Dobby, from the Harry Potter books, was a principled, yet interfering house elf for the nefarious Malfoy Family. He was an indentured servant, until the gift of an old sock from Harry freed him. Dobby is ugly, painfully so. He is raggedy, with a poverty of sophistication and a lack of filter that, while somewhat refreshing is also uncomfortable. For me, Dobby is a metaphor for cancer; meddlesome, a harbinger and ultimately, a saving grace. Cancer is like having Dobby, the House Elf from Harry Potter as your companion in consciousness on the crossing. Kind of a modern-day Jiminy Cricket, he is up in your ‘house’, as it were – for the duration – making a mess of things organized, then ultimately freeing you from it. The moments of clarity brought to me courtesy of Dobby my Cancer Elf are much appreciated. Because of cancer, I learned things that you only know for sure when you survive in spite of the odds. Here is what Dobby the Cancer Elf taught me;
1. Kindness Matters. When you have a bald head, your ride is a wheelchair and you carry an emesis basin instead of a purse, people are kind. During treatment, I was waging a battle that was visible and obvious. What I am aware of now, more than ever, is that everyone is fighting some type of battle, even when you can’t see it. Be kind to everyone. It matters. Dobby is bald, wears an old pillowcase and is hard to look at. He needed kindness.
2. Appreciate those who are there for you. Release from your heart and mind those who aren’t there for you. Unexpected kindness for our family came from friends and unexpected people. Ernie removed a fallen tree from our yard, and stacked wood. David took the trash to the curb and did home repairs. Christie dropped a cooler filled with frozen meals at our doorstep each week. Sandy ran a marathon and prayed the rosary for me while she raced. Vanessa stayed with our daughters – a lot – and at a moment’s notice when we had to get to the hospital. Linda stayed too, and cooked, and sat with me. People I didn’t know prayed, sent cards and gifts and just showed up. “Close” members of my family and some friends didn’t. Not even a card. It was painful and I felt abandoned by them. In retrospect, for whatever reason, they never really were there for me. Looking back, I had made excuses for them throughout my life, but the truth of these relationships came to bear in my darkest hour. It was painful then, but liberating now. To focus on the lack of concern by a few is to dishonor those who showed up in small and sacred ways and cared for my family and I. Dobby didn’t have much, but he got a sock from Harry, the sock set him free. He set about moving forward in being positive, not looking back at the Malfoys.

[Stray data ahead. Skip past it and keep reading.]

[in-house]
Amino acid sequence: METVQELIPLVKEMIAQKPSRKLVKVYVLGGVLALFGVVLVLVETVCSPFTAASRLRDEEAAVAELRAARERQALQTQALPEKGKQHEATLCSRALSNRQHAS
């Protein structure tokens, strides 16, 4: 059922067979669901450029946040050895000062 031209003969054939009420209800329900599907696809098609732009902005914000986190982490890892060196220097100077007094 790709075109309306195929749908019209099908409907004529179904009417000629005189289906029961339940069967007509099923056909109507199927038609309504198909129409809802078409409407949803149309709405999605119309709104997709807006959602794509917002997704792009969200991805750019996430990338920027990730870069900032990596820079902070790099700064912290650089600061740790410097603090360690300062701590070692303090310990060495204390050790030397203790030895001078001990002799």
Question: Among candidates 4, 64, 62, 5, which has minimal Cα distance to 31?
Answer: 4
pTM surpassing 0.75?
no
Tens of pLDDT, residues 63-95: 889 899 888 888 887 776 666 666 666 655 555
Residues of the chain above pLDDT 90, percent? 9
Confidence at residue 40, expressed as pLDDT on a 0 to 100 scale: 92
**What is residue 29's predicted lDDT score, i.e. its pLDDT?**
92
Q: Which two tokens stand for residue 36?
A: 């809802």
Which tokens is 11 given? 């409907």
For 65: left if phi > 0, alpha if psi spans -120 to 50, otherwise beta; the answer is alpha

3. Have faith. When you are seriously ill, there are times you are so completely alone and scared. For me, these were times when my husband couldn’t ‘come in’ with me. In those moments, the absence of those you thought would be there, looms large. When I would go into an MRI tube or wake in recovery or surgery, the feeling of solitude is a giant echo in a cold, dark, vastness. It was those times that I asked the Holy Spirit to be with me, and I felt peace. The truest peace I have ever felt. God is with you. Just ask Him to be. Dobby had faith that all would be well one day. He was right.